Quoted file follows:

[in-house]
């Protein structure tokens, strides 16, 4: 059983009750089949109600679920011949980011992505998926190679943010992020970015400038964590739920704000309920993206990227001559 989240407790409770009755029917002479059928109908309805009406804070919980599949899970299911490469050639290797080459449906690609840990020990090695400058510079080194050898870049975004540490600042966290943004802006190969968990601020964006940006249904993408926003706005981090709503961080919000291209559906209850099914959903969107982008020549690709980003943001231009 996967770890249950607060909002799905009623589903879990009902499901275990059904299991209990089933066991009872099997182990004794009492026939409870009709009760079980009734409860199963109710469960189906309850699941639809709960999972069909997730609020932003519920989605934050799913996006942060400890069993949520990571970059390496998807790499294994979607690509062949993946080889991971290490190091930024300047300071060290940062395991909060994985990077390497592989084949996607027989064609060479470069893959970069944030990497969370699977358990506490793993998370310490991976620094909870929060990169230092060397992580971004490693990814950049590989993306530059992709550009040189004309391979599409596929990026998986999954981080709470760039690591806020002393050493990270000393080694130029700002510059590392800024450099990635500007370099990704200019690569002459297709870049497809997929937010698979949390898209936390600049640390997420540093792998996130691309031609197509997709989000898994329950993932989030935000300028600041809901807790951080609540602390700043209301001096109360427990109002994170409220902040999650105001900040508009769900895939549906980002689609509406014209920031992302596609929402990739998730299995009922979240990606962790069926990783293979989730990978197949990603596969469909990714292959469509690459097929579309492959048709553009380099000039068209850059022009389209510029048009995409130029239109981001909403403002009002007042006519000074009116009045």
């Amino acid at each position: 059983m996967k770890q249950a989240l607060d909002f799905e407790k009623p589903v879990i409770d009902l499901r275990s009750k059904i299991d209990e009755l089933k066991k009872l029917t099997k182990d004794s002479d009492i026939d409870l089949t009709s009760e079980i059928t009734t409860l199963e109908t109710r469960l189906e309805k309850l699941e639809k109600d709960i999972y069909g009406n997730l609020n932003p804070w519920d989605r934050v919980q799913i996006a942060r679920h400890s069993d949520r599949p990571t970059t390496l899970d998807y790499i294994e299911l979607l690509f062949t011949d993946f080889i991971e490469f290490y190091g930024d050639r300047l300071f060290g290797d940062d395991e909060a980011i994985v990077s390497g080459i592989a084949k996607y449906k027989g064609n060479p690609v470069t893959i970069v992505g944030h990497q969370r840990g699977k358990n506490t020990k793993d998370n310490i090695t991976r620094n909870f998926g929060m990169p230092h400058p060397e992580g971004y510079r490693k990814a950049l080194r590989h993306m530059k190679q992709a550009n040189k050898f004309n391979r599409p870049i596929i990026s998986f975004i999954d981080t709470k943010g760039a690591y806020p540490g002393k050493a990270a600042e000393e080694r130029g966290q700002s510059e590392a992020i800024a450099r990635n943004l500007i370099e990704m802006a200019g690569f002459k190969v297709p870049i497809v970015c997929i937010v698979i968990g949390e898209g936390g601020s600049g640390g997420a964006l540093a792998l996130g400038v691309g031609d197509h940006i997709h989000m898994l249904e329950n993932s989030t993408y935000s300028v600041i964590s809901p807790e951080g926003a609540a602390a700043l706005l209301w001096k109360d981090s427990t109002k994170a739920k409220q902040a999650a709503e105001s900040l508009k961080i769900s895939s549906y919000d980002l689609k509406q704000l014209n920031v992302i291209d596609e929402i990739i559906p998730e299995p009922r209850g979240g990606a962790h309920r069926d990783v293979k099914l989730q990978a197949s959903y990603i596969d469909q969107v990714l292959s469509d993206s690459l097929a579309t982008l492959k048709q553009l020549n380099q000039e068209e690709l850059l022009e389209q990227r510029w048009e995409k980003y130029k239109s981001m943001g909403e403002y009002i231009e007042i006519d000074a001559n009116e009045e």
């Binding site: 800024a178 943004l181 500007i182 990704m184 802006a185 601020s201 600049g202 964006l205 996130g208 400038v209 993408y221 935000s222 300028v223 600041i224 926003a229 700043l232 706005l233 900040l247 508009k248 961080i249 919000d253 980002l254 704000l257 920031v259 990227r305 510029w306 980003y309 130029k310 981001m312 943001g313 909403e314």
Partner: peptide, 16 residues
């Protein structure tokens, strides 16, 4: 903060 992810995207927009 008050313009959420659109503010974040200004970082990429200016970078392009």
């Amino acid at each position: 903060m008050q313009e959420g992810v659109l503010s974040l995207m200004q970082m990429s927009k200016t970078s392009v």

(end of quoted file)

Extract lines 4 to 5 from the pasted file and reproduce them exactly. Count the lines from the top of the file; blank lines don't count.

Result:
């Binding site: 800024a178 943004l181 500007i182 990704m184 802006a185 601020s201 600049g202 964006l205 996130g208 400038v209 993408y221 935000s222 300028v223 600041i224 926003a229 700043l232 706005l233 900040l247 508009k248 961080i249 919000d253 980002l254 704000l257 920031v259 990227r305 510029w306 980003y309 130029k310 981001m312 943001g313 909403e314």
Partner: peptide, 16 residues